On this day in 1875 the French composer Maurice Ravel was born in Ciboure, France, not far from the Spanish border. He was born into a Catholic household to a Swiss father and Basque mother. Ravel’s father imparted onto his son his love of music, which shaped the young Maurice’s future. His musical talents led him to the Paris Conservatoire, and whilst he was not academically successful there he was acknowledged as a gifted musician.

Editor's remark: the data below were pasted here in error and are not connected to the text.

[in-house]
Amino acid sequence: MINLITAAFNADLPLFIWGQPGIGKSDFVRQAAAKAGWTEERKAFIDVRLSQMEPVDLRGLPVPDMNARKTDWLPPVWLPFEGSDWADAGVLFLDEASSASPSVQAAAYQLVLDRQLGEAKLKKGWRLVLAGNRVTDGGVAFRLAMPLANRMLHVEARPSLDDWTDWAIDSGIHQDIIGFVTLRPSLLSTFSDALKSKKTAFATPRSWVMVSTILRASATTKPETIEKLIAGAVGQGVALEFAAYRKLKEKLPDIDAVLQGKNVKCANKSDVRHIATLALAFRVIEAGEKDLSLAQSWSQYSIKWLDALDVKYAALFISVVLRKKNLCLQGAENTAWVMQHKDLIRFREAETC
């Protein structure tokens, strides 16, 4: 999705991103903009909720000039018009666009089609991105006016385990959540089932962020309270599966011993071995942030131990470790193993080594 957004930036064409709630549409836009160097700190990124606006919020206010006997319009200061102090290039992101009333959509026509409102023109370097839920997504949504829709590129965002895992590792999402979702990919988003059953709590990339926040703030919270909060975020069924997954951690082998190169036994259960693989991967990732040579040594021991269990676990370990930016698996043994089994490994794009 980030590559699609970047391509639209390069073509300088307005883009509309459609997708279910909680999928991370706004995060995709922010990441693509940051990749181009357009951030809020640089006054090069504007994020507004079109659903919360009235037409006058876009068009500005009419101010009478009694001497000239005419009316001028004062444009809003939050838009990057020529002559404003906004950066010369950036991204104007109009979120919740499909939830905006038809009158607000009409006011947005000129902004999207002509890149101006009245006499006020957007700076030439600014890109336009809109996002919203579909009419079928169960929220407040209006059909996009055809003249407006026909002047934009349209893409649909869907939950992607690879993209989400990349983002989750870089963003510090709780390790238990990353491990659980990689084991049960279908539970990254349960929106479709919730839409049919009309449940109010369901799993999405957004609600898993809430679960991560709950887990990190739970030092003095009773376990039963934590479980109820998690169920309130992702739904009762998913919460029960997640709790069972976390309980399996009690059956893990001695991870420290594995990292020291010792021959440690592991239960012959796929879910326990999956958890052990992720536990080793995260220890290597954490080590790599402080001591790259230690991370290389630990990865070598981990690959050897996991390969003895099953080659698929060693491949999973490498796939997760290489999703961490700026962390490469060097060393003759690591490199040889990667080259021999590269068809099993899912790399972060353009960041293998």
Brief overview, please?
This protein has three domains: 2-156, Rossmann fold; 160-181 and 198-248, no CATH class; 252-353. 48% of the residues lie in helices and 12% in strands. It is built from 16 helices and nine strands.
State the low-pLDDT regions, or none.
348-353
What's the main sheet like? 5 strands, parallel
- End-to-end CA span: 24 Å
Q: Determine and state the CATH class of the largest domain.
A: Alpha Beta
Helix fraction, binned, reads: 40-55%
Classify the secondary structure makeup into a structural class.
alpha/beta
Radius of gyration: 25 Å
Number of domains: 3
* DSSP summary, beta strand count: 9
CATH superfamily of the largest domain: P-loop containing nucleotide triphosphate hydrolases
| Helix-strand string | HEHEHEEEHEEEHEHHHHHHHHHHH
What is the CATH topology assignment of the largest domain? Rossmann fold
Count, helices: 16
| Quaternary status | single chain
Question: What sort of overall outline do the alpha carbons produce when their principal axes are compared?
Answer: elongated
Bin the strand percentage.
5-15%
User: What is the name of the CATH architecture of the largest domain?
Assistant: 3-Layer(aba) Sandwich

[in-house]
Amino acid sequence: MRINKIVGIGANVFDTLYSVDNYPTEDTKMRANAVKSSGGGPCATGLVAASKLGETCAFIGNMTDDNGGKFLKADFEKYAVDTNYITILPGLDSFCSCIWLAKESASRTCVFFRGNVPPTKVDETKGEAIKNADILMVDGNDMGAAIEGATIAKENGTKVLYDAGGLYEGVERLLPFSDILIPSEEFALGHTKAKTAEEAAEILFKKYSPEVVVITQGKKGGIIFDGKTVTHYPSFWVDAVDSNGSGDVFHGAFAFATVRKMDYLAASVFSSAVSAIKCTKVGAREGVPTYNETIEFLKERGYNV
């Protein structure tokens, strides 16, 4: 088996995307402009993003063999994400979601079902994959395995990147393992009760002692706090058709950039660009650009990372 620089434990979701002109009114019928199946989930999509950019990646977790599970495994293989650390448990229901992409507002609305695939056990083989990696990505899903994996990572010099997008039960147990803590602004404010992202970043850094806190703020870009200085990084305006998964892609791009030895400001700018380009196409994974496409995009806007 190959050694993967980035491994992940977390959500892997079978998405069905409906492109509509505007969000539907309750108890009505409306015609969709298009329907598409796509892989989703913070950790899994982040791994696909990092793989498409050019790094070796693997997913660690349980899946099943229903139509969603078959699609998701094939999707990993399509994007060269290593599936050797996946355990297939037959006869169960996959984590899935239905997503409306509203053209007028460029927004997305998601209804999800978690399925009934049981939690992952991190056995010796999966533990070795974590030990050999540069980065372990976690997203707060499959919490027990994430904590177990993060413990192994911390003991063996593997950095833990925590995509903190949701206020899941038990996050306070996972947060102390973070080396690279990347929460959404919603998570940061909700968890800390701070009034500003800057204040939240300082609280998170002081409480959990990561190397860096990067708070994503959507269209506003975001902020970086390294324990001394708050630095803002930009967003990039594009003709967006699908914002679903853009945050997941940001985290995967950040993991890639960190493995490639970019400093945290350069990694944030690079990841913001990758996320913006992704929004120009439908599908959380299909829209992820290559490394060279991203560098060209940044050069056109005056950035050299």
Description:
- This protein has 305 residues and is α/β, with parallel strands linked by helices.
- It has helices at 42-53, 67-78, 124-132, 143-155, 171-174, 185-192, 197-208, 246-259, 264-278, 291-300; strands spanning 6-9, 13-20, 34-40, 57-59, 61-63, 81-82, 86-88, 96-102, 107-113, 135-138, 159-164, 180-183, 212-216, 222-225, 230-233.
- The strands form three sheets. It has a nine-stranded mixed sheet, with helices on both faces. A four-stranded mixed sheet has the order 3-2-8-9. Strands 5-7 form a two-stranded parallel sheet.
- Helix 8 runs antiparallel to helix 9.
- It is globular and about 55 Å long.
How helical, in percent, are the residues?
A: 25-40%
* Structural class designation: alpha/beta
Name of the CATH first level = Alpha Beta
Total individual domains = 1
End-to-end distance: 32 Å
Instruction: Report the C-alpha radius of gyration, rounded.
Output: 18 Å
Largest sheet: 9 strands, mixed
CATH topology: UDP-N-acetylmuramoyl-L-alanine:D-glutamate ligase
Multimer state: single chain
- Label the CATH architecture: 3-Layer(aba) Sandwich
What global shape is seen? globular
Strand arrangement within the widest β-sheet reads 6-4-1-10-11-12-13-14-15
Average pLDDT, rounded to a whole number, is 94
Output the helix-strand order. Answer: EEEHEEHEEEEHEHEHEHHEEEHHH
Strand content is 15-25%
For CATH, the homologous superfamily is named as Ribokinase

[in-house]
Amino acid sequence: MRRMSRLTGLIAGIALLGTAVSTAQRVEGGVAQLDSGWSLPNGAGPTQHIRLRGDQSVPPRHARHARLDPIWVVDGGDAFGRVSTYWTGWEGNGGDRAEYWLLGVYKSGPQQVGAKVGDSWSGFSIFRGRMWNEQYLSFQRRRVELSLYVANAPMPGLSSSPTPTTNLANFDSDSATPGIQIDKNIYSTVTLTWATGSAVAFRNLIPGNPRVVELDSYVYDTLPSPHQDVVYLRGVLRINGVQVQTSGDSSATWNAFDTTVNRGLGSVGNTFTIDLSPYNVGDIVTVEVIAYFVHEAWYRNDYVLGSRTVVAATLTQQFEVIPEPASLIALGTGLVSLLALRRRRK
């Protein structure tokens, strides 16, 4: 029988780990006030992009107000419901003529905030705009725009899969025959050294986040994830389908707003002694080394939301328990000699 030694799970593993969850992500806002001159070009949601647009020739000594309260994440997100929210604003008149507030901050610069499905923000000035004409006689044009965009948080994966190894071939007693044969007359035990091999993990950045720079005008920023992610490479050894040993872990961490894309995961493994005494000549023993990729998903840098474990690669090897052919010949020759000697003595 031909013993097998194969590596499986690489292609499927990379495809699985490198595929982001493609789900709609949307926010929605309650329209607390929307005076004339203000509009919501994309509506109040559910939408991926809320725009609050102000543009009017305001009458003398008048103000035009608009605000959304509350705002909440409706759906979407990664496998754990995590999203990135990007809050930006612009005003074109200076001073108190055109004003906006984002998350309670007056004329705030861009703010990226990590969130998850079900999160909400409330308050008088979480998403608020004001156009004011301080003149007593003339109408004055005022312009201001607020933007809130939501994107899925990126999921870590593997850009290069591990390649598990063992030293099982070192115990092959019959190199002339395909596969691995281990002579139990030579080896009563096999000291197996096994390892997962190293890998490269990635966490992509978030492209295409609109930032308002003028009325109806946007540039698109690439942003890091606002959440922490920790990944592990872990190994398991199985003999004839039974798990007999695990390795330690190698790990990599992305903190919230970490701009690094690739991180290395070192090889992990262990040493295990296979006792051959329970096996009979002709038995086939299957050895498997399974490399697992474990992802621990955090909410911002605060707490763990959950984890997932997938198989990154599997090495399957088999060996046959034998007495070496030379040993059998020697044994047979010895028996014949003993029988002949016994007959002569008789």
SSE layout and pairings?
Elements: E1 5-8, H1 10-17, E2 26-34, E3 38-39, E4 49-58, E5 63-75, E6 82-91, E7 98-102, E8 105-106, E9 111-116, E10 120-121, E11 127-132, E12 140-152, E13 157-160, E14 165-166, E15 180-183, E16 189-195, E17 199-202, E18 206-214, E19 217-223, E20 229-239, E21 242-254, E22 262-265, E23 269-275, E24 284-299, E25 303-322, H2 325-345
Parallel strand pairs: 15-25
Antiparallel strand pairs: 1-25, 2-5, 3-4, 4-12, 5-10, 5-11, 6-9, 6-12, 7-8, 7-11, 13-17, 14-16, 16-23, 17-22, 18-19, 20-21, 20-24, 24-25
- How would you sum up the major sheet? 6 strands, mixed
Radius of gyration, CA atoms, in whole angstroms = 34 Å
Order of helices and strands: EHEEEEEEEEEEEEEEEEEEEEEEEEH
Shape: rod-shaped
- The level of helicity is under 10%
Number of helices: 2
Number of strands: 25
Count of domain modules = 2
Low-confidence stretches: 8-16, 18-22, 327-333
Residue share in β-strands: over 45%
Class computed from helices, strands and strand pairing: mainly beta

Ravel went on to enjoy an illustrious career as a composer, especially known for his piano pieces like ‘Gaspard de la nuit’ and ‘Jeux d’eau’. However Ravel’s most famous work is probably the orchestral piece ‘Boléro’ which premiered in 1928. In the spirit of the recent Winter Olympics in Sochi, here is a link to Torvill and Dean’s gold medal winning ice dancing performance at the 1984 Sarajevo Winter Olympic Games. This performance is how I first heard of Ravel, and I think it may be the same for many others. ‘Boléro’ is often considered synonymous with Torvill and Dean, but we must remember the man behind the music: Maurice Ravel.